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Paul D. Coverdell World Wise Schools

Paul D. Coverdell World Wise Schools

Overseas Phone Call from Namibia

Peace Corps Volunteer Skyla Seltzer talks with students from Connecticut

Once a year, a few U.S. classrooms get to talk with a Peace Corps Volunteer by telephone because they've been communicating throughout the year with a volunteer in the field. Today, students from the Drop-In Learning Center in New London, Connecticut speak with Skyla Seltzer, who's serving in Namibia.

Ron Tschetter
Hi. I'm Ron Tschetter, director of the Peace Corps. For more than 45 years, the Peace Corps has helped communities around the world. Volunteer Voices is a collection of audio stories from just a few volunteers who have served since 1961. For more information on the Peace Corps, go to peacecorps.gov.
Student
What language do they speak over there?
Skyla
The official language is English. They speak English in schools, and a lot of the businesses have English, but the language in my area is ThiMbukushu. Do you want to hear some words in ThiMbukushu?
Student
Yes!
Skyla
Okay. If you want to say "good morning," you say " moro."
Student
Moro!
Skyla
Yeah. And if you want to say, "how are you," you say, " ngepi."
Student
Ngepi!
Skyla
Yeah. And then if someone says, "ngepi," you say you're doing fine, which is "tiwanna."
Student
Tiwanna!
Skyla
Yeah! [Laughter]
Student
What is a school like down there?
Skyla
Most of the schools are run by the government. They're state schools. They have grades one through grade 12. There's no kindergarten. Or kindergarten is just starting here, and many of the schools are called combined schools, which means it's grade one to grade ten all together in the same school. And many of the schools are hostel schools, which means they're like boarding schools because the learners, the students, have to come from very far away because their homes are far, so they sleep at the school. They have rooms; everyone has a cot, and a little place to put their things. And then, once every, maybe six weeks or so, they have a home weekend. So, they go back to their houses, to their homes.
Student
Where do they live?
Skyla
They live in different kinds of houses. Some people live in a regular house like me. And some of the people nearby in my village live in a regular, like American-type house, with concrete walls and glass windows. But most people in Namibia live in huts, or rondavels, they're called. And they're houses that are made out of mud and sticks, and they have a straw roof on them. And they don't have glass windows. They usually don't have any windows, and it's just an open door.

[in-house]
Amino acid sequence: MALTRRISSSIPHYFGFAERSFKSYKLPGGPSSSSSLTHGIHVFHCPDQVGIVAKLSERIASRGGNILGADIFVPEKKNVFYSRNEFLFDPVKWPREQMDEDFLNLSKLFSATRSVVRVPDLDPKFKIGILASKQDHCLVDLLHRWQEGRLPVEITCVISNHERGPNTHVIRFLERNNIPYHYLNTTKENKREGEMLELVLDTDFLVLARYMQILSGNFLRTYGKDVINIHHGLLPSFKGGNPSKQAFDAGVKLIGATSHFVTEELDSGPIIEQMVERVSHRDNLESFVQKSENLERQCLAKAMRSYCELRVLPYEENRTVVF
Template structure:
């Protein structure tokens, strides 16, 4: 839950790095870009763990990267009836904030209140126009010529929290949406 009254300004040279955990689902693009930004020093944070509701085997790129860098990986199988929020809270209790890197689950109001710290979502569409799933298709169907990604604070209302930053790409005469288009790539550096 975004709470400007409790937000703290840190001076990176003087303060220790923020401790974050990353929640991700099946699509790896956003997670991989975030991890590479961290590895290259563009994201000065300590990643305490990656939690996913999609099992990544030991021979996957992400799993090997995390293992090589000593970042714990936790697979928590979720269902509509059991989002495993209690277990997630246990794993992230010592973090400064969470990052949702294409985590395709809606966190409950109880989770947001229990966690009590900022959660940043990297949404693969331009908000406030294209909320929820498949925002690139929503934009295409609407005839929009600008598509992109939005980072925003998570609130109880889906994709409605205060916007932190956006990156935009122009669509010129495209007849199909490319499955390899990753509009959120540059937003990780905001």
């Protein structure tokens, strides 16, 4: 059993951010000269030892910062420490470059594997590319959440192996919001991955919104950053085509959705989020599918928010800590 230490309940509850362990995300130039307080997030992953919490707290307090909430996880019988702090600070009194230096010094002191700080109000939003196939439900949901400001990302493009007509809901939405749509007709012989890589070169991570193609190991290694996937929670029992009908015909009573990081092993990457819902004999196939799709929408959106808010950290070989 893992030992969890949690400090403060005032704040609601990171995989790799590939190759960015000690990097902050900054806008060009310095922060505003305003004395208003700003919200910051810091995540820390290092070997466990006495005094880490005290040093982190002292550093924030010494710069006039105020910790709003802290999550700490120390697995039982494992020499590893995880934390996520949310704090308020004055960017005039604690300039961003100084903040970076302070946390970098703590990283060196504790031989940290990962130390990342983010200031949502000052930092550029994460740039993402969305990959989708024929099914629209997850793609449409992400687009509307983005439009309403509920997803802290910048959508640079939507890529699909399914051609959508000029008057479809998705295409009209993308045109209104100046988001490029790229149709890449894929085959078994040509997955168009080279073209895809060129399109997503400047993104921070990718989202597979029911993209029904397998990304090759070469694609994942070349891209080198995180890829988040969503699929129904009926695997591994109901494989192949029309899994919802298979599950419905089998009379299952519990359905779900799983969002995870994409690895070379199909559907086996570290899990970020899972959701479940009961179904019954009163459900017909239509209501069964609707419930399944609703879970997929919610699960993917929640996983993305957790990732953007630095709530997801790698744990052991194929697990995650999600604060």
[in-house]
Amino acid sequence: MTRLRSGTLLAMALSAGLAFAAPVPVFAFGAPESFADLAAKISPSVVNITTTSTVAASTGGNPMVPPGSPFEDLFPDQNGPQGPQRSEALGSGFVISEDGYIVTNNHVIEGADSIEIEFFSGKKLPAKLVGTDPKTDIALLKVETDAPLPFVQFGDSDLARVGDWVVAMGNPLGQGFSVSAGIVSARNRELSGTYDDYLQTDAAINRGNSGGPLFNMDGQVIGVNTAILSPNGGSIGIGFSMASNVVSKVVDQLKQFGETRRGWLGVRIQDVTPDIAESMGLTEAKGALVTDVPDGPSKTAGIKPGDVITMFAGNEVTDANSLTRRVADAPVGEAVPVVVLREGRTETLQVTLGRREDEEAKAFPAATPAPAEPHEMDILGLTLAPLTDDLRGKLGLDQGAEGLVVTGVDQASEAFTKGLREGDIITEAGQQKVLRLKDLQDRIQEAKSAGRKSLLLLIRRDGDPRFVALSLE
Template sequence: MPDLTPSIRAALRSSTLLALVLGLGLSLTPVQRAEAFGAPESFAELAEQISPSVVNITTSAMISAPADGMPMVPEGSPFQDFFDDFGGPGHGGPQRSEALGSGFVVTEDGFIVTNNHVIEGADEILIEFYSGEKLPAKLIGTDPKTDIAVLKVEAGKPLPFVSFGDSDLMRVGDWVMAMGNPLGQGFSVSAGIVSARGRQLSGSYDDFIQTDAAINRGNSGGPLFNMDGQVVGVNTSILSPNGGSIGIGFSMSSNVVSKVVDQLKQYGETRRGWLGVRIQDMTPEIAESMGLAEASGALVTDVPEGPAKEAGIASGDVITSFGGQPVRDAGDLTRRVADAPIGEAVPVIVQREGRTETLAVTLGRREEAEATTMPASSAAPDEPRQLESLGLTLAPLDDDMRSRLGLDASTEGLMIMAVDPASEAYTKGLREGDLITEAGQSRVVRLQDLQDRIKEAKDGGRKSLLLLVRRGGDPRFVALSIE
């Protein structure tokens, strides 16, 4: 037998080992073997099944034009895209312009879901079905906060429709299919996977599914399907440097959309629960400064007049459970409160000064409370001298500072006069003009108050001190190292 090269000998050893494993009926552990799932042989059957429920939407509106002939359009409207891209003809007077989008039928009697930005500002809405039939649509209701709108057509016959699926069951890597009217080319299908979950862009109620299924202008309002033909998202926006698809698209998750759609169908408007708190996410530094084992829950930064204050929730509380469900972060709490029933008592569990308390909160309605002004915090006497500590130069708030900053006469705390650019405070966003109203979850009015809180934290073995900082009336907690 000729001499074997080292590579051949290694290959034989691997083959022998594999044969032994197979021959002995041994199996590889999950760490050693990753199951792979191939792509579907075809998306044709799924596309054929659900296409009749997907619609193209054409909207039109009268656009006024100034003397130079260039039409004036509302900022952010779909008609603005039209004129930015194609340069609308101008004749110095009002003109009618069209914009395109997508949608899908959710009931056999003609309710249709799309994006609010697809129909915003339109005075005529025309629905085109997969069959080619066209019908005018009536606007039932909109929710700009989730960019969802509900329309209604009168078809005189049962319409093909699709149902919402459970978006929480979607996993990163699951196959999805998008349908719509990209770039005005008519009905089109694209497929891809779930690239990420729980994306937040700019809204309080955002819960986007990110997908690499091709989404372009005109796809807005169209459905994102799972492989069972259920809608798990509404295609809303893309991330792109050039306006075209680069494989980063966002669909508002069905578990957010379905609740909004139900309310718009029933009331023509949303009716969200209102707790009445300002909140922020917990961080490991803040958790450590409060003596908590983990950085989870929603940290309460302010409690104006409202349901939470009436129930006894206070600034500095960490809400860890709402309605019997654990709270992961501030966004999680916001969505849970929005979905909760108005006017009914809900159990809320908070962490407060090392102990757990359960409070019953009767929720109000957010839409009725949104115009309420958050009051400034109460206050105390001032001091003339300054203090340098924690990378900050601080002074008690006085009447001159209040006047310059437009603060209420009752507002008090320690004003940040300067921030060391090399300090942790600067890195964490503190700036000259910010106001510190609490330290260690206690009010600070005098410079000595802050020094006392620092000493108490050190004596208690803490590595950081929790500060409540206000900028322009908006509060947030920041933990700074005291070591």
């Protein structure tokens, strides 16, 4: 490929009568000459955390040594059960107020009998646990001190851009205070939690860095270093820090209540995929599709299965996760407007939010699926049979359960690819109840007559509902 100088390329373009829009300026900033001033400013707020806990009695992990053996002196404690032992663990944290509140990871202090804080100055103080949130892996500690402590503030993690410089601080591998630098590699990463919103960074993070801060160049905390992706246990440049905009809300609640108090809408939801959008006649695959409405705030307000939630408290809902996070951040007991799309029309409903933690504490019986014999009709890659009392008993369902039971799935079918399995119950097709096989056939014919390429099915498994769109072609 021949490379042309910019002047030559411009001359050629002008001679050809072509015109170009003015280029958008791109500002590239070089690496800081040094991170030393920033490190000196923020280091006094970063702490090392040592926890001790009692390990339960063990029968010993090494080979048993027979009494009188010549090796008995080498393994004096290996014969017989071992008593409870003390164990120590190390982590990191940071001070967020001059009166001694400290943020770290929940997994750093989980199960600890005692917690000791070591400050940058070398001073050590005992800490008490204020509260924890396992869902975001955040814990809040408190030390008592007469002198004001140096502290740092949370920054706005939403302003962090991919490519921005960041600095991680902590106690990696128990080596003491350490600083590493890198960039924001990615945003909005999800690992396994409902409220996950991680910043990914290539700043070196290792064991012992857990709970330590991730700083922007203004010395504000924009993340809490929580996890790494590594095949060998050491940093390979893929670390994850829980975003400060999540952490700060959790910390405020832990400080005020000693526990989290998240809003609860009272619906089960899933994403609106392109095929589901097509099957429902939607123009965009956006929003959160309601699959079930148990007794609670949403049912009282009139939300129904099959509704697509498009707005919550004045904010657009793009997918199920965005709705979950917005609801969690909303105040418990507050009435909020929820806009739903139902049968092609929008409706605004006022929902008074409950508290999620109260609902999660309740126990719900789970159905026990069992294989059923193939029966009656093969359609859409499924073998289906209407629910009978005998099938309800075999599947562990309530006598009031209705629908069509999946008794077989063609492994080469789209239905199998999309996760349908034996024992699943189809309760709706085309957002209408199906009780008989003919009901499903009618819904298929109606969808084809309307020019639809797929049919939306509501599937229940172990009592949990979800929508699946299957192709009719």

Student
How do the people dress in Africa?
Skyla
Good question. Well, there's two different kinds of dress. Most of the time, most people in Namibia dress just like Americans. They wear jeans. They wear pants. They wear skirts. They wear t-shirts. They wear baseball caps. They wear sneakers. But sometimes they wear what's called traditional dress, which is how they used to dress a long, long time ago. So traditional dress for women is usually a very long skirt, and this is just in my area. In different areas in Namibia, they all dress differently ‘cause there's many different tribes of people in Namibia. So in my area, they wear long skirts—the women do—and they wear something called a chitenge, which is a piece of fabric that they wrap around the outside of their skirt, like a second skirt. And women always wear a piece of fabric wrapped around their hair. You have to—you hide your hair. And then, the men, the traditional dress for men is usually slacks or trousers. Then they have also the kind of clothes that they wear when they do their cultural dancing from a long, long time ago. And they wear skirts and shirts made out of animal skins. They're skirts made out of river reeds, which are kind of like bamboo. And they make these long skirts out of these pieces of bamboo, so when they move their hips around it makes this clackety-clackety sound, which is fun.
Student
How do you hunt in Africa ?
Skyla
How do I hunt?
Student
Yes.
Skyla
Like, hunt, like H-U-N-T, hunt?
Student
Yep.
Skyla
No, I don't hunt. [Laughs] I get all my food from the grocery store. There's no hunting. I think sometimes if you go to town you can see the place where all the tourists go; there are souvenirs, and sometimes you can buy, like, a bow and arrow, but they're not really for use. They're just for show. No hunting.
Student
What type of insects do they have at Africa ?
Skyla
There are a million, bazillion insects in Namibia. There are more kinds—I didn't even know there were this many insects in the world. There are flies that land on you and stick on you even when you run around. And there are mosquitoes. There are millipedes. There are beetles. Everywhere you look, there are insects.
Student
Do you guys have tarantulas there?
Skyla
I don't think we have tarantulas, but we have lots of spiders. There are different kinds of spiders, so the scariest kind of spider is called a wall spider. But it's not poisonous; it's just scary because it's very big. And they are very fast, and they live inside people's houses on the walls. But I usually don't kill the wall spiders because they eat all the mosquitoes.
Student
Bye, Miss Skyla! [All together screaming]
Close
Thanks for listening. Are you in a classroom? Do you want stories written just for your class? Enroll in the Correspondence Match program through Coverdell World Wise Schools. We can connect your class with a Peace Corps Volunteer serving in any region of the world. For enrollment and program information, visit us online at www.peacecorps.gov/wws/correspond.

About the Author

Skyla Seltzer

Peace Corps Volunteer Skyla Seltzer talks with students from New London, Connecticut about her experience in Namibia.